To understand users, we have to be sensitive to their capabilities and limitations. Different users have varying levels of physical capabilities and traits like vision, strength and comorbidities, which can indicate physical limitations. Cognitive abilities also vary widely and can greatly affect speed of learning, memory and attentiveness. Understanding target users’ past experiences and emotional states of being can also greatly affect how a device should be designed.

We must also strive to understand the various environments that users will find themselves in when interacting with our products. When a space has poor lighting, too much noise, or has other equipment cluttering the space, it can lead to more human factors challenges. Interactions in a clinical space differ greatly compared to using the same device outside or within a home environment. Performing observational research within the environmental context of use is a technique that is extremely valuable to appreciate these factors.

Finally, understanding the key points of interaction between the user and device is critical. These may be physical interactions, like wearing or handling a device, and cognitive interactions like understanding displays, knowing what to do next, and interpreting information from a report. Adopting a systems approach to understanding the necessary interactions allows one to design more intuitive and efficient workflows while minimizing the physical and cognitive demands on the user.

Sorting It Out

With a solid understanding of users’ capabilities and limitations, the influences of their environments, and key interactions, what do we do with all this information? This is the part that is so critical, but often left to

chance or uninformed “debates” about priorities. It is crucial to establish a list and hierarchy of user needs so that designers and engineers can understand how to prioritize design efforts when there are competing user needs.

“It is crucial to establish a hierarchy of user needs so that designers and engineers can understand how to prioritize design efforts when there are competing user needs.”

Where Should Human Factors Be Conducted Within the New Product Development Process?
Admittedly, this is a trick question. The answer is, of course, throughout the entire process. An effective human factors plan influences all stages of development. The duty of the human factors engineer is to be an advocate for the user whenever design decisions are being made. No matter what your organization calls each stage gate and milestone, human factors and usability are key activities that parallel traditional development activities. At each stage, whether it be exploratory, concepting, refinement or confirmatory, human factors activities have different forms, objectives and outputs.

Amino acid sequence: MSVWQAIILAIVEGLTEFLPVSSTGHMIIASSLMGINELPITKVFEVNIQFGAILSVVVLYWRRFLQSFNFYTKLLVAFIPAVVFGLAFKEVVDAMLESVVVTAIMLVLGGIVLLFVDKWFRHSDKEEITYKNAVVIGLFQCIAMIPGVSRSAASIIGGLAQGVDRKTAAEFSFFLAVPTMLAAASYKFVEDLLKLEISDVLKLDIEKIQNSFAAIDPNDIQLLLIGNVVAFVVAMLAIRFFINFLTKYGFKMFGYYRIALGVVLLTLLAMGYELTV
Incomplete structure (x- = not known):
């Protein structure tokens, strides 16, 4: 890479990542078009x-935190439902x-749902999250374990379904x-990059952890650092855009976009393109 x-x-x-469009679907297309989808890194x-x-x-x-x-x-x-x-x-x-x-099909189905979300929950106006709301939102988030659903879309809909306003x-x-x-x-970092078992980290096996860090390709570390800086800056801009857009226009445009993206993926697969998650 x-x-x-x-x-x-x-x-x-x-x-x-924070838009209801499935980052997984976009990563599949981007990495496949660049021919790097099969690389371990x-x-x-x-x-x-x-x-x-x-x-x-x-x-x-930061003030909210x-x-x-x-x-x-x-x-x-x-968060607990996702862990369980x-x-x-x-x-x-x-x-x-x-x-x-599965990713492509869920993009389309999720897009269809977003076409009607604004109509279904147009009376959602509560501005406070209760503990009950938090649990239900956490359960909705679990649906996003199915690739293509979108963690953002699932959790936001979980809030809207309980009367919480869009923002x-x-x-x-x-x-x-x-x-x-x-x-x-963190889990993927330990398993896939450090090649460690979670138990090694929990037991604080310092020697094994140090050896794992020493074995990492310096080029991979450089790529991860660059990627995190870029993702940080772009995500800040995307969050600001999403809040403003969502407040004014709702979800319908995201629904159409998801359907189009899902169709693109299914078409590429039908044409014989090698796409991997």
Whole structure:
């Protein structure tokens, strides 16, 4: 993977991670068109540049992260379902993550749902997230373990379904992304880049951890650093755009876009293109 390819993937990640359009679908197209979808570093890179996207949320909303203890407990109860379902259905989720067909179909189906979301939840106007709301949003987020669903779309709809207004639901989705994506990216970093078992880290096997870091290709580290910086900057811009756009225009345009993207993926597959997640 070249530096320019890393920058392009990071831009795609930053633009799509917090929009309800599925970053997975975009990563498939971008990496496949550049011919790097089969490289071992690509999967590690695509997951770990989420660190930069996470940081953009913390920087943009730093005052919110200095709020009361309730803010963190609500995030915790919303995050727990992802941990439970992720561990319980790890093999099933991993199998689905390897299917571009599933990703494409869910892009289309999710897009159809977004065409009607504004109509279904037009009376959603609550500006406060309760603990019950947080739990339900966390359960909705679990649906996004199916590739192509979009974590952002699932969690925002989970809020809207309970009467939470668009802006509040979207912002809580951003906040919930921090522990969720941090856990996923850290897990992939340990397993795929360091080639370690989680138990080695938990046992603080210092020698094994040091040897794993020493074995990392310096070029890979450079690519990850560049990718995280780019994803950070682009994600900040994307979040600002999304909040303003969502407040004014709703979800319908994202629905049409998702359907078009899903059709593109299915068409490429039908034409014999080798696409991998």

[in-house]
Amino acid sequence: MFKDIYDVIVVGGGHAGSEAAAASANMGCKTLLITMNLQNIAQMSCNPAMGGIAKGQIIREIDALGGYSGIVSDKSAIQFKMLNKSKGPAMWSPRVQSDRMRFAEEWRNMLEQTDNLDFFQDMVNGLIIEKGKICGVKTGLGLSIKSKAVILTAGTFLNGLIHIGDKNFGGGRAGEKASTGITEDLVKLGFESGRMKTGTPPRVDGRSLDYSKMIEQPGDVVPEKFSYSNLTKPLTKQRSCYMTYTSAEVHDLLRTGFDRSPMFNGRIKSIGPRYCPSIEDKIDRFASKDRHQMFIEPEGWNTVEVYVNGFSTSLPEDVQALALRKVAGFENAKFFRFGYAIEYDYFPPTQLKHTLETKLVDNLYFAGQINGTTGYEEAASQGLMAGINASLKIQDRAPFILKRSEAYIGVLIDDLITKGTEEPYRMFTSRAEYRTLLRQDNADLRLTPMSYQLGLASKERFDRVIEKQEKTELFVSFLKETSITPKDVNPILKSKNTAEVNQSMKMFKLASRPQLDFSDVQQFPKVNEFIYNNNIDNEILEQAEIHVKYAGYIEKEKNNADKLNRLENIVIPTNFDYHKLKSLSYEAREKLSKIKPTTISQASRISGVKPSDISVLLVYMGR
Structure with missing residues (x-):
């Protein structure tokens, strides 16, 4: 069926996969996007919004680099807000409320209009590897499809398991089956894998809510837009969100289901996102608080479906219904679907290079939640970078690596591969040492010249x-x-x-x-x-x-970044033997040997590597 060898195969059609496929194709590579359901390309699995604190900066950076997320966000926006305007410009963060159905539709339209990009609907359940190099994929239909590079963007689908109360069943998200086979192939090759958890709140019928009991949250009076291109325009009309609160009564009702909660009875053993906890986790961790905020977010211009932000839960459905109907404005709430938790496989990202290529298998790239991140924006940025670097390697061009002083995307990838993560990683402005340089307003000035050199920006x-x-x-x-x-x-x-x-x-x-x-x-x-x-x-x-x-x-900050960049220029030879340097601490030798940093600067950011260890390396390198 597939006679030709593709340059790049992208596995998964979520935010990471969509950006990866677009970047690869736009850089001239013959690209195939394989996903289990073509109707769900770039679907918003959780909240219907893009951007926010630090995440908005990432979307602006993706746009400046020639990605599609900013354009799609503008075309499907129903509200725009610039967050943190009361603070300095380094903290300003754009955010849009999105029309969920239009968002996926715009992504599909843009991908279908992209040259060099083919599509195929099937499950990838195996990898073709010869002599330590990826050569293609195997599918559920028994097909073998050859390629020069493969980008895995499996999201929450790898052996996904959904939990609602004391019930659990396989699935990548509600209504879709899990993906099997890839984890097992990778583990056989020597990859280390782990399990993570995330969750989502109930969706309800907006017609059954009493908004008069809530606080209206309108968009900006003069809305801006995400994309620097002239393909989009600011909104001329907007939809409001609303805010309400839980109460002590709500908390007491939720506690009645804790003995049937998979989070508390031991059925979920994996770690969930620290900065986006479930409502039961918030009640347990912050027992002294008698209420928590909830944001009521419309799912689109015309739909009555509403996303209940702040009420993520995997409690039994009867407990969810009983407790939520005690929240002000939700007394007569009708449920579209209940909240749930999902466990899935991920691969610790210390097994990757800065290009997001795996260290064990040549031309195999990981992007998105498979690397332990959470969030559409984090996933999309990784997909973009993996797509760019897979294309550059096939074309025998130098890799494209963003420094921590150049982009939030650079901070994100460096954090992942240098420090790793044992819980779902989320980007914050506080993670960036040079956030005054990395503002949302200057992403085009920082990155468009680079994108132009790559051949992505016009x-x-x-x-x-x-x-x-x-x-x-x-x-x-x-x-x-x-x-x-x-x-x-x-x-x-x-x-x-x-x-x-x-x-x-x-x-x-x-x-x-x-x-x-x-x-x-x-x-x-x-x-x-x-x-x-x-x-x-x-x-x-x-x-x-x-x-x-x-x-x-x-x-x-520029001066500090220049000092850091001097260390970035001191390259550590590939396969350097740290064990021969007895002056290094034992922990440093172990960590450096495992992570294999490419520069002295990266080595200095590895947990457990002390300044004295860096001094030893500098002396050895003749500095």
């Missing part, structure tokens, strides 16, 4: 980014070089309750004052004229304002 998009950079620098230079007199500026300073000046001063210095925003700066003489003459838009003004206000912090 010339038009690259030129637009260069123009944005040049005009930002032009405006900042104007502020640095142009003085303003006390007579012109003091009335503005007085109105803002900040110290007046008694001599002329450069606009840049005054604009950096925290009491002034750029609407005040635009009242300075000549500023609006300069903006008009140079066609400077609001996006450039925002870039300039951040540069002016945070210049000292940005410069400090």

Moving Forward

While the key regulatory bodies (FDA and IEC/ISO) have updated their guidance to be much more explicit and clear, remember that these guidance documents do evolve and that it is important to stay current with the latest revisions. It is wise to be cognizant of the fact that as healthcare evolves so will the oversight and regulatory influences. A good example here is within the mHealth arena. With the explosive growth of mobile medical applications, the FDA released a separate guidance document in February 2015 to help define what constitutes a medical application and considerations for its development and use. We can see that the reach of these agencies goes beyond just physical devices and also influences processes and software.

As a final note, consider and remember that sound human factors influence in a development program extends well beyond being safe and effective. The positive influence that expert human factors input has on a device’s ultimate form and functionality are key drivers in developing solutions that encourage adoption and long­term brand loyalty, achieve market differentiation and success, and create better healthcare outcomes.

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Michael Lau, director of human factors, Insight Product Development